A UN-backed genocide tribunal in Cambodia is set to begin its second trial, this time of the top-most leaders of the Khmer Rouge regime.
Up to two million people were killed or starved to death under Khmer Rouge rule in the 1970s.
Three main leaders - Nuon Chea, Khieu Samphan and Ieng Sary - will be in court. Another, Ieng Thirith, has been found incapable of standing trial because of ill health.
Former Khmer Rouge prison chief Kaing Guek Eav, better known as Comrade Duch, was convicted last year in the tribunal's first case.
Nuon Chea, who is viewed as the chief ideologue of the movement, has been charged with war crimes and crimes against humanity.
He is commonly known as Brother Number Two as he was second in command to the founder and leader of the Khmer Rouge, Pol Pot.
Nuon Chea defected from the Khmer Rouge in 1998 and was granted a pardon by Cambodian Prime Minister Hun Sen.
In December 2002 he was called to testify on behalf of the former Khmer Rouge general Sam Bith, who was sentenced to life in prison for ordering the kidnap and murder of three Western backpackers in 1994.
So far he has denied being involved in the atrocities that went on during the Khmer Rouge regime, but critics suggest that at the very least he was fully informed of what was happening.
Khieu Samphan was the Khmer Rouge's official head of state.
He was the public face of the Khmer Rouge, and defected at the same time as Nuon Chea.
In its detention order, the prosecution alleged that Khieu Samphan "aided and abetted" the policies of the Khmer Rouge, which were "characterised by murder, extermination, imprisonment, persecution on political grounds and other inhumane acts".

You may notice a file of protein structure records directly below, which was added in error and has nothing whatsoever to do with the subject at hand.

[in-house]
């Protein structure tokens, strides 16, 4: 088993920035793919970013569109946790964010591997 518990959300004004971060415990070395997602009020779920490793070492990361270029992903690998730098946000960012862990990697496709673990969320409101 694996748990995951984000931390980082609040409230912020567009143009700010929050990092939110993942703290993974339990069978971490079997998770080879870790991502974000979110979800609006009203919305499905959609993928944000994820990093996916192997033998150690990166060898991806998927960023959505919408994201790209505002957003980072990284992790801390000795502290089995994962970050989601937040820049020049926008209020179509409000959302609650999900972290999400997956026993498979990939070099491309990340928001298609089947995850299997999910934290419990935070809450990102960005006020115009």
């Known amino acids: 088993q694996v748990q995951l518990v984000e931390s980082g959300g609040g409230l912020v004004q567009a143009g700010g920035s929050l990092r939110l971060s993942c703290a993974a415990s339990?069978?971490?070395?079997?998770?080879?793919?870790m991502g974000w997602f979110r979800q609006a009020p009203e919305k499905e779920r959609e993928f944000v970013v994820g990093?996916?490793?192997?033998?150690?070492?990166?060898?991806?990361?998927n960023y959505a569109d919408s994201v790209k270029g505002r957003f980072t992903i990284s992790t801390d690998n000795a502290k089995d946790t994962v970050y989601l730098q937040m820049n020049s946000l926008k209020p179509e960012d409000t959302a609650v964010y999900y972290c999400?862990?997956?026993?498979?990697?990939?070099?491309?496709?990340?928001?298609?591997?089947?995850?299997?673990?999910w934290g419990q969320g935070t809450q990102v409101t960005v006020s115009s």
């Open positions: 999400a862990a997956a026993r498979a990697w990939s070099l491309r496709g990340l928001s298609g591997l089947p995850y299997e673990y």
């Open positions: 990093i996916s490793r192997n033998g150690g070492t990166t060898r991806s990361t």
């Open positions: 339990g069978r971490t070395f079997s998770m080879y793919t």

Khieu Samphan insists that, as head of state, he was never directly responsible for the deaths which happened under the regime.
Until his arrest, he was said to spend most of his time at his home in Pailin, once the movement's jungle headquarters, reading, listening to music or gardening.
Ieng Sary, also known as Brother Number Three, served as the country's foreign minister and was often the only point of contact between Cambodia's rulers and the outside world.
He is said to have been responsible for convincing many educated Cambodians who had fled the Khmer Rouge to return to help rebuild the country.
Many were then tortured and executed as part of the purge of intellectuals.
Ieng Sary became the first senior leader to defect in 1996 - and as a result was granted a royal pardon.
The United Nations says such a pardon cannot protect someone from prosecution, but Cambodian Prime Minister Hun Sen has previously warned that going after Ieng Sary could re-ignite civil unrest in Cambodia.
Ieng Thirith was one of the Khmer Rouge's founding members and its most powerful woman.
Her sister was married to the movement's leader, Pol Pot, and she was married to Ieng Sary.
She served as the regime's social affairs minister. Prosecutors say she knew that tens of thousands of people were dying from starvation and disease on brutal collective farms - but did nothing to stop the disaster.
She denies any wrongdoing and is now ill. Judges say she is not mentally fit to stand trial, and have recommended that the case against her be suspended.
Previous case: Comrade Duch
Comrade Duch (Kaing Guek Eav) was convicted of war crimes and crimes against humanity in July 2010.
A former maths teacher, he oversaw the Tuol Sleng interrogation centre in the Cambodian capital, Phnom Penh.
There as many as 15,000 men, women and children are thought to have been imprisoned, tortured and killed.
He says he acted under orders and would have been killed if he had failed to obey them.
Others who escaped justice
The man most wanted for crimes against humanity in Cambodia will never be brought to justice.
Pol Pot, the founder and leader of the Khmer Rouge, died in a camp along the border with Thailand in 1998.
Other key figures have also died, including Ta Mok, the regime's military commander and one of Pol Pot's most most-feared associates.
Survivors of the Khmer Rouge regime hope that the process of bringing the remaining leaders to justice will move on swiftly, before they become too old or ill to appear in the dock.